I sent her a photo of the finished product, thinking I was pretty much done.
If I just brightened this up… or darkened that…
I got the brushes out again, poured more paint, did some touch ups, sent Mom a new picture.
After that, I decided I would quit messing with it. What if I made a change, and she no longer liked it?
But as hours ticked away, the more I saw it, the less I liked it.
When I said as much to my husband, he scoffed and said that’s how I always am.
I do this with my stories, and it’s exhausting. If I’m honest, I do it with myself, too. I focus on areas where there’s room for improvement. I struggle to deem things finished or good.
So, this morning found me back at my canvas, tweaking some more.
I washed out my brush three different times because I kept telling myself the painting was done only to change my mind.
My process brought to mind another Creator. The perfect one, whose work I’m imitating so poorly.
I thought about how He spoke and light was born. How He fashioned heaven and earth, sky, sea, and everything in it, and after each step, declared His work good.
He didn’t go back on day four to tweak the work He’d done on day one. He wasn’t surprised at how moisture, light, and the expanse of sky interacted, and He didn’t have to alter his work after the fact.
Meanwhile, I struggle to paint a cloud. Even as one part of me declares the painting good and finished, another part taps finger against my chin and says, “But you could…”
I don’t have God’s creative abilities. I can’t look at my work and call it good without offering excuses for this or that. I can’t declare it finished, once and for all, and take a day of rest knowing nothing at all is amiss.
Yet the Bible says I’m fearfully and wonderfully made, and that I’m here for a purpose, and that I’m not to bury the gifts I’ve been given out of fear.
God’s good work didn’t stop at creation. He sent His Son, the Light we need more desperately than the heavenly bodies that provide physical illumination, into the world.
That Son, Jesus, died for the sins of the world. For my sins. To redeem me and all who believe from the fallen state that hounds us in our art and in our lives. Though on my own, I am not good and cannot accomplish perfection in any form—even on a simplistic canvas—through Jesus, I am declared a righteous child of the living God.
His work is good and perfect. Enough so that He can use even my flawed attempts to His glory. Where I lack, grace abounds.
And that truth goes far beyond art.
Though on my own, I am not good and cannot accomplish #perfection in any form—even on a simplistic canvas—through Jesus, I am declared a righteous child of the living God. @emilyrconrad #hope #encouragement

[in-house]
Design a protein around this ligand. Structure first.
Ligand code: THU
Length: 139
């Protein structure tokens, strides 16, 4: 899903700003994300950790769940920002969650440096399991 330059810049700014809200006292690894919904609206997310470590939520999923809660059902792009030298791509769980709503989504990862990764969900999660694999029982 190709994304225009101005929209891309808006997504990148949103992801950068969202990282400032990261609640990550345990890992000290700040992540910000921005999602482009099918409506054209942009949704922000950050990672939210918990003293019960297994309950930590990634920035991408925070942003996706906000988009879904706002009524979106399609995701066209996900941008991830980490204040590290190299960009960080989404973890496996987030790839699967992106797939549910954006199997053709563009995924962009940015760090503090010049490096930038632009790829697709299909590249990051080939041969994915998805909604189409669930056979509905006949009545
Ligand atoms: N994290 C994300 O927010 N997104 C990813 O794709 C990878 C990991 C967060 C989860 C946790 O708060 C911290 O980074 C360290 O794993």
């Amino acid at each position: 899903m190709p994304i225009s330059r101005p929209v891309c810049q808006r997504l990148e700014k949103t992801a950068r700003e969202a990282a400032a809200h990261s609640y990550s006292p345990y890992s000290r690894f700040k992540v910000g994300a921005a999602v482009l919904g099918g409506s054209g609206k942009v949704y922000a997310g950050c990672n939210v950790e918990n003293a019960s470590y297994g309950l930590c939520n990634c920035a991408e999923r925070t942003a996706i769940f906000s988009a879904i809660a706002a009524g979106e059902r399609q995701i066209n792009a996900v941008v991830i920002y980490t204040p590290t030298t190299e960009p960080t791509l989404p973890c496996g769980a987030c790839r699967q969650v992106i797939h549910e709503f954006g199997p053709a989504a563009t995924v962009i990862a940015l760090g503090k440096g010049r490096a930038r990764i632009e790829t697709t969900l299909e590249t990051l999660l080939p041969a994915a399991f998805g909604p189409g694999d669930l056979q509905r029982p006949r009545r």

God’s work is good and perfect. Enough so that He can use even my flawed attempts to His glory. Where I lack, #grace abounds. @emilyrconrad #hope
No, we won’t be perfect. But we can rest in the assurance that the most important work was perfectly completed on our behalves, given by grace, to be accepted by faith. @emilyrconrad #encouragement
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Love, love, LOVE this, Emily!! On so many levels, YES! Letting grace move into the room and kicking fear out… I’m having tech issues or I’d quote it properly…that sentence is frame worthy! Your painting is beautiful, btw, but the lesson shared is even more so. For what it’s worth, I think God likes to play with art in the clouds that’s never quite the same twice, too — the sky is constantly changing. Thank you for sharing this, Emily.
Oh, I love that idea of God having fun with the clouds each night (and day, I suppose!). What a great point that the sky's always changing, a moving piece of art. Thank you so much for reading and joining the conversation, Pearl!
I do the same thing, Emily, ALL the time! It can be so paralyzing to want to get it "just right." Because it never gets there, and sometimes my idea of what "just right" is even changes from day to day. Ha. I think your painting is beautiful.
Exactly my problem, Katie! The paralysis, and all for an ideal that, as you say, can change from day to day. Thanks about the painting. After all that, I'm happy with it 🙂
I actually DID stare at those images and wondered why you included the same so many times 🙂 Goes to show we are always finding something wrong with what God says is utterly beautiful and good.
Haha! When I took pictures for my mom, my phone screen showed the painting with more contrast than the painting actually had, so I kept going back in to add highlights because I liked how it looked onscreen better than in person. The clouds get a little brighter, as does the spot where the sun sets. And there's less dark blue off to the bottom left by the end. But, yeah. Not that big of a difference. She probably would've been just as happy with the first one:)